Many volunteer to adopt Haiti orphans

For S., the decision to try and adopt a child from earthquake-devastated Haiti was almost immediate.

January 26, 2010 00:06
2 minute read.
A baby at the IDF hospital in Haiti.

baby haiti 311. (photo credit: AP)

For S., the decision to try and adopt a child from earthquake-devastated Haiti was almost immediate.

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"The minute I saw the images on TV and realized that it was such a huge disaster, I knew it was my destiny to adopt a child," S., 40, who asked not to use her real name, told The Jerusalem Post on Sunday.

"I know there will be lots of challenges, but when your heart tells you to do something and the decision comes straight from the pit of your stomach, nothing else seems to matter," said S., who recently split from her husband and would raise the child on her own.

She added: "For me it does not matter if a child comes from the belly or from Haiti, all children are a challenge for their parents."

S. is among more than 30 families that have approached the Welfare and Social Service Ministry's Adoption Department over the past 10 days requesting to take in children left orphaned by the January 12 earthquake.

On Thursday, representatives of the Foreign Ministry and the Welfare and Social Services Ministry met to discuss the fine details of a policy for adopting Haitians orphaned by the quake.

Post in an interview Sunday. "There is no central government here and those who are in charge are dealing with more pressing matters."

Radian added that despite the severe problems facing children left without relatives after the earthquake, adoption has to be done very carefully.

"We don't want to send children to be adopted and then suddenly discover that their parents are still alive," he said.

On Friday, however, UNICEF warned that amidst the chaos in Haiti, child trafficking and sexual exploitation had become a main concern.

Despite the fact that Radian was still uncertain if the adoption of Haitian children would become a reality, Orna Hirschfeld, director of the National Authority of Inter-Country Adoption, said that requests from Israelis to adopt from the Caribbean country had been flooding the office.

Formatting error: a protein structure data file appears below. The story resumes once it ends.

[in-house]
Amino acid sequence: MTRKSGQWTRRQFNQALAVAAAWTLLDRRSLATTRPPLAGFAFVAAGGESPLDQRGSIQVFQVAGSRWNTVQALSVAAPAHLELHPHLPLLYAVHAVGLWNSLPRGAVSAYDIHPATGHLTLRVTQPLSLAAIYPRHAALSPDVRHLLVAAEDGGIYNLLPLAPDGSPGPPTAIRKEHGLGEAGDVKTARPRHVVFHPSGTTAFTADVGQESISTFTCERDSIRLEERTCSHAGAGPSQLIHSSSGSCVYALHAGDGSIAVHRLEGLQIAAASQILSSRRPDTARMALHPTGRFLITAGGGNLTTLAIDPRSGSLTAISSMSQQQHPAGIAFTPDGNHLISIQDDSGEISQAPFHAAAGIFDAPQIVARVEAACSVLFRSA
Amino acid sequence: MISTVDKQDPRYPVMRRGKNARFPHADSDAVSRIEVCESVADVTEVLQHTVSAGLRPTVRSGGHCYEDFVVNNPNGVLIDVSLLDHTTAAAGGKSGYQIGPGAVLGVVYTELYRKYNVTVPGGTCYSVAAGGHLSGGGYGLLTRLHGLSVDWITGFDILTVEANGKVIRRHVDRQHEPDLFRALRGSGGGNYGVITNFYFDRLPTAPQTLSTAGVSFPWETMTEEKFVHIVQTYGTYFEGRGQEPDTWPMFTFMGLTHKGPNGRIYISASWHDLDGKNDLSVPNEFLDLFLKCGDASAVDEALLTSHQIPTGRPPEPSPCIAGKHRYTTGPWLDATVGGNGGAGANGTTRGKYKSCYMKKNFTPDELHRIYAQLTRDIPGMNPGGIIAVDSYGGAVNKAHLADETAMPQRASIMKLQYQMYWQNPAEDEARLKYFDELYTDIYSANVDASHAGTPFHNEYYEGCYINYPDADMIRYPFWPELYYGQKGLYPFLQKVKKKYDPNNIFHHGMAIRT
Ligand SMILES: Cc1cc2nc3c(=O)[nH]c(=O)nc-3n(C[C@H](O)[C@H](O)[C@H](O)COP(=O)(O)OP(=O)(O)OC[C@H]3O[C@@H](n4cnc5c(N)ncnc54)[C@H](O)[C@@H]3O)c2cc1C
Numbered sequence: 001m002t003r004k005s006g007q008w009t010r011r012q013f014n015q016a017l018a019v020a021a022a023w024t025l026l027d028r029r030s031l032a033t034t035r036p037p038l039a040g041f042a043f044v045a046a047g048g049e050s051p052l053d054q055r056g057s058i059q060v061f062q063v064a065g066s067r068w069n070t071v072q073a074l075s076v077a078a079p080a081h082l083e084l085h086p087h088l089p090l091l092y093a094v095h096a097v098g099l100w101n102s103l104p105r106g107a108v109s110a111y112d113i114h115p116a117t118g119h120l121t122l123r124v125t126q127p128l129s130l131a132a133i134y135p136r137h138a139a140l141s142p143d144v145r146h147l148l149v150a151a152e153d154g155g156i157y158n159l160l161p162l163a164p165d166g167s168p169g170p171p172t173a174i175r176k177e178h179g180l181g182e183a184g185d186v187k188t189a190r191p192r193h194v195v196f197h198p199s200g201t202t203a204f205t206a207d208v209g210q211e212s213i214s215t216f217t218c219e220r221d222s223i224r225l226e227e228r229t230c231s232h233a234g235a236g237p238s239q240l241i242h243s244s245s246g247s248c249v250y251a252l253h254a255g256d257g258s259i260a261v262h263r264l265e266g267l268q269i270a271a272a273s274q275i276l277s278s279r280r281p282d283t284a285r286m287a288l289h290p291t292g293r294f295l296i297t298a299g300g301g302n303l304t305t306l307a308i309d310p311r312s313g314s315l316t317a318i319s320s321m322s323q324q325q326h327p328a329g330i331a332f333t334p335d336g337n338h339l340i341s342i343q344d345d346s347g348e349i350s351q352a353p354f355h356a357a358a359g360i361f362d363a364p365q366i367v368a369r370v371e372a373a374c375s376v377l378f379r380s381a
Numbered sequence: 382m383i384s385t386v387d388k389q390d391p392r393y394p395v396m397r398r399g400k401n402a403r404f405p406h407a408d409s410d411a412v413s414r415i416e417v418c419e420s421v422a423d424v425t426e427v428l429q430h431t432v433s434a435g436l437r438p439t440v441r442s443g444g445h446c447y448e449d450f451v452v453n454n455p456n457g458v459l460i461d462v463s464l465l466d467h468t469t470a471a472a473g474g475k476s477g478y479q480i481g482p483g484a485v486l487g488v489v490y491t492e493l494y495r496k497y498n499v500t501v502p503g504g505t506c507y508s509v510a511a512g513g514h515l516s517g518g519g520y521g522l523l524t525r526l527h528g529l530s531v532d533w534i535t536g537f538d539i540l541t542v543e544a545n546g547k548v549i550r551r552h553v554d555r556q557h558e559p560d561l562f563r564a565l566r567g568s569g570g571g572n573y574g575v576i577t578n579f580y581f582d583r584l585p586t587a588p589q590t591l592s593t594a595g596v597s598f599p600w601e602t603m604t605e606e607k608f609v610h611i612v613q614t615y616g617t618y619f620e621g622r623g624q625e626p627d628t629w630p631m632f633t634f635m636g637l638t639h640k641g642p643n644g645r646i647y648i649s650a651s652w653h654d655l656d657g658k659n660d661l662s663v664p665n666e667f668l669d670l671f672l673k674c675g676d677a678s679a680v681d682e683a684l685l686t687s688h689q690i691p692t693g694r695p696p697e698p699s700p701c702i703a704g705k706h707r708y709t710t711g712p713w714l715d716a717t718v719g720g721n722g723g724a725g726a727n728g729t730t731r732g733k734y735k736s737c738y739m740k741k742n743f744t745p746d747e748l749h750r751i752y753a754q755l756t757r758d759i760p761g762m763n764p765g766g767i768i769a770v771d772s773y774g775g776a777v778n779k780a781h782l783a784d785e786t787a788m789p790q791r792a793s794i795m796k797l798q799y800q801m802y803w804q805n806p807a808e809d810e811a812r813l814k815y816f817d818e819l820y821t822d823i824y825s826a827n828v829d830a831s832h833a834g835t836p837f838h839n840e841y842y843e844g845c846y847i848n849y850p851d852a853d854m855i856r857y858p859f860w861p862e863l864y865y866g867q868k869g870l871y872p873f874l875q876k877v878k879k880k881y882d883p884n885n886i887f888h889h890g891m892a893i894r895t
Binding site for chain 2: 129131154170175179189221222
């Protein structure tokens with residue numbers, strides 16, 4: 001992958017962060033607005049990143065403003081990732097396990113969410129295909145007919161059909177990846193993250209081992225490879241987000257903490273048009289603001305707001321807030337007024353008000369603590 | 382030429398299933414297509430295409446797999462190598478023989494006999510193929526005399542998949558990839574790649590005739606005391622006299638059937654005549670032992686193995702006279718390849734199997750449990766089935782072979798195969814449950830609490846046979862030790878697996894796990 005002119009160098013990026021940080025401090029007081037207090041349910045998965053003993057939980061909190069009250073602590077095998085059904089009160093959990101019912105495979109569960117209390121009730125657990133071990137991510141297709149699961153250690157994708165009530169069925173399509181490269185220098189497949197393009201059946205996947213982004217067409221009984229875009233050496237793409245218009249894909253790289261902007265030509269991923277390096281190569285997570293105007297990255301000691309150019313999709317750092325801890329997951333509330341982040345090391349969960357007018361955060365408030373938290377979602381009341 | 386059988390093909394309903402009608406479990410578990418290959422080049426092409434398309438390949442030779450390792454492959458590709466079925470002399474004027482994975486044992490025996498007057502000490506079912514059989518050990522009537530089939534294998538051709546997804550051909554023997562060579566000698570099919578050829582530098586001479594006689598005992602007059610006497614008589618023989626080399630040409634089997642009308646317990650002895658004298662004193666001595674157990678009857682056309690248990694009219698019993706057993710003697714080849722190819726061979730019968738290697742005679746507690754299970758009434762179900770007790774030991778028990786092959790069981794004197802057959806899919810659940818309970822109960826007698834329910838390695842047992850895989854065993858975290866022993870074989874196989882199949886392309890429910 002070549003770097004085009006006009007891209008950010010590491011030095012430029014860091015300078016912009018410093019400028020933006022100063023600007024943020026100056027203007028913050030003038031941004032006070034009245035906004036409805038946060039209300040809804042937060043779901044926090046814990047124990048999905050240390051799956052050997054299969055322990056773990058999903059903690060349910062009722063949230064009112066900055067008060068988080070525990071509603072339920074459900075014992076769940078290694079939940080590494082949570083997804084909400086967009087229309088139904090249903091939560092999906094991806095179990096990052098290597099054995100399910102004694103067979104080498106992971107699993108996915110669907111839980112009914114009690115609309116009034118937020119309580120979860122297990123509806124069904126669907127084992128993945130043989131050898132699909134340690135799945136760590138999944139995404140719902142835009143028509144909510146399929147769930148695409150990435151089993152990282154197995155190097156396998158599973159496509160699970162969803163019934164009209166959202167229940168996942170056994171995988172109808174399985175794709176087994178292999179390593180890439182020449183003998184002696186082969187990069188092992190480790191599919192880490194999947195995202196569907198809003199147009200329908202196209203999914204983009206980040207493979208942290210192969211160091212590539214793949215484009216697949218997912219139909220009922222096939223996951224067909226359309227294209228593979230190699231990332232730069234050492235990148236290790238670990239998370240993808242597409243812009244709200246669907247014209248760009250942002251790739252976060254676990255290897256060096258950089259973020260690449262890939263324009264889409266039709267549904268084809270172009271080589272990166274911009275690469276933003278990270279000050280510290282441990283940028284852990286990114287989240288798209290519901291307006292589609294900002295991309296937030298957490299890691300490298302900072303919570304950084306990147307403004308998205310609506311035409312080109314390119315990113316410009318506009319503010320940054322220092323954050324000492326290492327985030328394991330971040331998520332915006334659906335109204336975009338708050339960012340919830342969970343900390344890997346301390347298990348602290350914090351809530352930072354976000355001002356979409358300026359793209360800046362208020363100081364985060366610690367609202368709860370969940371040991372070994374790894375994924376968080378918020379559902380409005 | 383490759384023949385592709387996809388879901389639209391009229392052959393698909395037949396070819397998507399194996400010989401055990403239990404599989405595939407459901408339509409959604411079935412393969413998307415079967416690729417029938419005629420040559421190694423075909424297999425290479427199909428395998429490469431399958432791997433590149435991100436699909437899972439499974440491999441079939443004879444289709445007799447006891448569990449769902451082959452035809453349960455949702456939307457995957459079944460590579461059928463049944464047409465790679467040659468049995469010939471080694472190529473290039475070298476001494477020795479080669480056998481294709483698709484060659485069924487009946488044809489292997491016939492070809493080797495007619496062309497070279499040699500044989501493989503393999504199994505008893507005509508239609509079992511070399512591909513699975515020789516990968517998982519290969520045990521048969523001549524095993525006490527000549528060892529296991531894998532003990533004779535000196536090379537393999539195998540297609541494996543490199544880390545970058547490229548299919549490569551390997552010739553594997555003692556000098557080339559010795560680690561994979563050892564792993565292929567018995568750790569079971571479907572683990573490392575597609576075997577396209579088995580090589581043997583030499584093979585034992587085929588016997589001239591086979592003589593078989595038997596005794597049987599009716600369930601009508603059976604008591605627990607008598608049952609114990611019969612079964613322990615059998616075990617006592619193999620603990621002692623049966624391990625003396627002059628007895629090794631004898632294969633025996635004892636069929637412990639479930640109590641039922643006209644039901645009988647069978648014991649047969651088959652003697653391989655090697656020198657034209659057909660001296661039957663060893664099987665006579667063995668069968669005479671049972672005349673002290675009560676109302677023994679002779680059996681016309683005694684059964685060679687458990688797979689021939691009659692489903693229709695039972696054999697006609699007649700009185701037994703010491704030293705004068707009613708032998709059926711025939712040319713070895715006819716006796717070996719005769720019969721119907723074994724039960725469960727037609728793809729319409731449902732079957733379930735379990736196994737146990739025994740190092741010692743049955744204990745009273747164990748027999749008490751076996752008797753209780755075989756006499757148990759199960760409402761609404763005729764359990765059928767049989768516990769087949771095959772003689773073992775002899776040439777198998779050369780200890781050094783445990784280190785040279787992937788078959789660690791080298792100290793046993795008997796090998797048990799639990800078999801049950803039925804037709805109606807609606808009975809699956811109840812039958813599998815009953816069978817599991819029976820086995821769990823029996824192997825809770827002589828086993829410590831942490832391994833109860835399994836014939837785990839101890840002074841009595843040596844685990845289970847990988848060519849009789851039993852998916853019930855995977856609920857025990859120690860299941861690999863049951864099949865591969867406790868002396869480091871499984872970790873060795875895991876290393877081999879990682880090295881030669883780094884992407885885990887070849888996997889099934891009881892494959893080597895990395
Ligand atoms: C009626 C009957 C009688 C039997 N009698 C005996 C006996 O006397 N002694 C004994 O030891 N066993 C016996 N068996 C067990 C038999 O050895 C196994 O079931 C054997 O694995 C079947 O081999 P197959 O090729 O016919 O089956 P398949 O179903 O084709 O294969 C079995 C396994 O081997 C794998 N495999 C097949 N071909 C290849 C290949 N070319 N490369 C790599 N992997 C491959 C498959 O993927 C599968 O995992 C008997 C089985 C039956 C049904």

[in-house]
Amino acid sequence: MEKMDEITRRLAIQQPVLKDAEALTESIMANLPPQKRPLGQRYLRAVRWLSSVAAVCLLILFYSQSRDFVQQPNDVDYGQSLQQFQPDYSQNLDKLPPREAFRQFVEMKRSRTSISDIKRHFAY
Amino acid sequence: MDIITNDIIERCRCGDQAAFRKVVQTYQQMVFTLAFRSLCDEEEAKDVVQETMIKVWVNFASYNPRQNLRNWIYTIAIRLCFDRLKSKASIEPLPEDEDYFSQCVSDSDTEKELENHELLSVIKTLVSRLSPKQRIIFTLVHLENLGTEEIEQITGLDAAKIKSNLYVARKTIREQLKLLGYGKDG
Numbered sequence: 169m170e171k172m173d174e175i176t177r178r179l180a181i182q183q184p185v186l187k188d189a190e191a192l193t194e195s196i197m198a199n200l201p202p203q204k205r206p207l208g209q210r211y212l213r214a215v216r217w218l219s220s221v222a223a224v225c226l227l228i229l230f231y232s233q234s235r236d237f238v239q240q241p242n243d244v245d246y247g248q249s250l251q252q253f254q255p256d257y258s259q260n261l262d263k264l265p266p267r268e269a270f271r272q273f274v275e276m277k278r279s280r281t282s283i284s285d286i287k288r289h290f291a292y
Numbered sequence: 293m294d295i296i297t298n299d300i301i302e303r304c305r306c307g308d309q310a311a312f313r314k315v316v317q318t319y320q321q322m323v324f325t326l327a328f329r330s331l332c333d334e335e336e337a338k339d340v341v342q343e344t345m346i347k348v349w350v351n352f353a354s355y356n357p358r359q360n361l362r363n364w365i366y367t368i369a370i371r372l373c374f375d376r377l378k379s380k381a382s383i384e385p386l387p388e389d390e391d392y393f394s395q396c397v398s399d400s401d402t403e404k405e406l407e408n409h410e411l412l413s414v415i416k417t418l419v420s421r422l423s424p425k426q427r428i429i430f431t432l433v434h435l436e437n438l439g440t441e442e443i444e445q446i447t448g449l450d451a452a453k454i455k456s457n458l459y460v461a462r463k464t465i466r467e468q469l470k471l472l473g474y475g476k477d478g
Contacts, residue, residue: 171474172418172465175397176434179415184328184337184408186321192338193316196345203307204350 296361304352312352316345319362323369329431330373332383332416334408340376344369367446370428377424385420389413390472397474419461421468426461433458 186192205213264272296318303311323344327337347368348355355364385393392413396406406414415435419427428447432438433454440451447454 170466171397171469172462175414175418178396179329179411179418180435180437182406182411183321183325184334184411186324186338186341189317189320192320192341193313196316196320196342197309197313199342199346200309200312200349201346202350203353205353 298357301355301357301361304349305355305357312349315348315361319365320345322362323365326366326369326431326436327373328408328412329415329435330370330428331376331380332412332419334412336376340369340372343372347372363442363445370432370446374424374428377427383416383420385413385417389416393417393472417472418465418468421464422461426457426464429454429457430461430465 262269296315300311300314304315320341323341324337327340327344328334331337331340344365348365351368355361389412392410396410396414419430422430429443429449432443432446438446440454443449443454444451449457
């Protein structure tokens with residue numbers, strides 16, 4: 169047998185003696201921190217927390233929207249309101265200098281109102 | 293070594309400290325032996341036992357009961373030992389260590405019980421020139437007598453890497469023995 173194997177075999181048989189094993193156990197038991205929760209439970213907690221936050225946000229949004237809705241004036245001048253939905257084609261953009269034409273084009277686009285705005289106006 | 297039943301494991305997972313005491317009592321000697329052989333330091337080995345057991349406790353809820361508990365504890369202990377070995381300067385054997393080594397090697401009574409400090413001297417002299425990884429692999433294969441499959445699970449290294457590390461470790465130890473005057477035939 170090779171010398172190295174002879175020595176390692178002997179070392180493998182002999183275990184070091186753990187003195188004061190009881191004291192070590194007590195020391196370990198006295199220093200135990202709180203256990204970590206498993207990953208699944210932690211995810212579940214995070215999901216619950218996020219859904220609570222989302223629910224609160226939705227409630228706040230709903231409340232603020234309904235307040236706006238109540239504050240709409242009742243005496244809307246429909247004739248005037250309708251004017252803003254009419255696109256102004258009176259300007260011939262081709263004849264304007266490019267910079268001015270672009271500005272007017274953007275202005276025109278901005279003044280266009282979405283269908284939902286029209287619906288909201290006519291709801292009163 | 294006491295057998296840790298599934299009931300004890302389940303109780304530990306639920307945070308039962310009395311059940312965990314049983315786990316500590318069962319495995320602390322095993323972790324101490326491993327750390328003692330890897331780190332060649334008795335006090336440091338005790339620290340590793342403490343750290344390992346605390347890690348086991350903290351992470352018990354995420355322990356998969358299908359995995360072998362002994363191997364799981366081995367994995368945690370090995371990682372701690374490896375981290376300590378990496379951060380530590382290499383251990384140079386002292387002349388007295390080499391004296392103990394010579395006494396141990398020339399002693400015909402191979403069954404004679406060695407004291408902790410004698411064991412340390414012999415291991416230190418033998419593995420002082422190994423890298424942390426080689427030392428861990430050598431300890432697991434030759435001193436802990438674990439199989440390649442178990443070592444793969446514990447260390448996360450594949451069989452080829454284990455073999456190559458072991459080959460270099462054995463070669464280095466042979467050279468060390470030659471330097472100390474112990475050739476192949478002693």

She said that those who had expressed an interest included both families that already have children and those that did not.

While Hirschfeld could provide very few details on what format adoptions from Haiti would take, she highlighted that standard guidelines, including background checks on families and relevant preparation, would be implemented.

"The minister [Isaac Herzog] has already set up a committee of professionals to prepare for such adoptions," she said, adding "This is all part of Israel's humanitarian effort to help Haitians."

Asked about possible complications of interracial adoptions, Hirschfeld responded that they were not uncommon in Israel, where there has been a growth in recent years of families adopting from Guatemala.

Health Ministry officials also said that they had yet to create a formal policy for the health examinations of Haitian orphans that could be brought here, including testing them for AIDS/HIV, malaria, hepatitis, typhoid and other diseases.

On Sunday, ministry spokeswoman Einav Shimron-Greenboim said it was waiting for the government to make a decision and that if it was decided to allow adoptions from Haiti, the ministry would decide what examinations were required.

Judy Siegel contributed to this report.

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